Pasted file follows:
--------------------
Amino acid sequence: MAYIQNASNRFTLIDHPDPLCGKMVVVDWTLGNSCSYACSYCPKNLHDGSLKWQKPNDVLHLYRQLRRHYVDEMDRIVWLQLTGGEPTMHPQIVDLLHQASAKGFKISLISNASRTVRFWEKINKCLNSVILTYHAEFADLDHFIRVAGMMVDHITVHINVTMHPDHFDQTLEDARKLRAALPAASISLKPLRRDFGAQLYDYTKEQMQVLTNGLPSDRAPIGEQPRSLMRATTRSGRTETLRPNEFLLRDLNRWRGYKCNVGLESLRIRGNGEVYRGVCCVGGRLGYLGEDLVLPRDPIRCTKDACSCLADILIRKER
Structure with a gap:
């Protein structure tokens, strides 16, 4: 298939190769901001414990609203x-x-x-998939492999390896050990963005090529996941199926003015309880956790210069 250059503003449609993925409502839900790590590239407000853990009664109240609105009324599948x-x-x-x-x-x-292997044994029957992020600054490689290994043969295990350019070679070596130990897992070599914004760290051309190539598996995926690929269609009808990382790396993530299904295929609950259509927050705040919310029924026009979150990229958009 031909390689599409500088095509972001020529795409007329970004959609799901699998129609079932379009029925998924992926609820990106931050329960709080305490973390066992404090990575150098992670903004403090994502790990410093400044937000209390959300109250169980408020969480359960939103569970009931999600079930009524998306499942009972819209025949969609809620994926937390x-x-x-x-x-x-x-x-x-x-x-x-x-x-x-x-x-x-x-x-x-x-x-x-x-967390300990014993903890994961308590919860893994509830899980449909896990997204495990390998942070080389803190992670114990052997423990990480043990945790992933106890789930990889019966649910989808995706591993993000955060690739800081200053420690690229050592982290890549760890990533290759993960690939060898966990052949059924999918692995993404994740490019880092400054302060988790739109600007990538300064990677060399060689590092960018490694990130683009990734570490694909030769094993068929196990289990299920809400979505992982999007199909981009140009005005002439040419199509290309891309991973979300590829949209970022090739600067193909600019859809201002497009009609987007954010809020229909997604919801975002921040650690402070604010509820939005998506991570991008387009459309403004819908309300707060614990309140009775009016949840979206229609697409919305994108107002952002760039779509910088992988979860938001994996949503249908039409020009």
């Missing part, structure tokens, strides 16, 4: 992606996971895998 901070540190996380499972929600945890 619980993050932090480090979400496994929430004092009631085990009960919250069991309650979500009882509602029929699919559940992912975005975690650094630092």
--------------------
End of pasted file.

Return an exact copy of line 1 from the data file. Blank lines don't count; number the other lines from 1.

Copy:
Amino acid sequence: MAYIQNASNRFTLIDHPDPLCGKMVVVDWTLGNSCSYACSYCPKNLHDGSLKWQKPNDVLHLYRQLRRHYVDEMDRIVWLQLTGGEPTMHPQIVDLLHQASAKGFKISLISNASRTVRFWEKINKCLNSVILTYHAEFADLDHFIRVAGMMVDHITVHINVTMHPDHFDQTLEDARKLRAALPAASISLKPLRRDFGAQLYDYTKEQMQVLTNGLPSDRAPIGEQPRSLMRATTRSGRTETLRPNEFLLRDLNRWRGYKCNVGLESLRIRGNGEVYRGVCCVGGRLGYLGEDLVLPRDPIRCTKDACSCLADILIRKER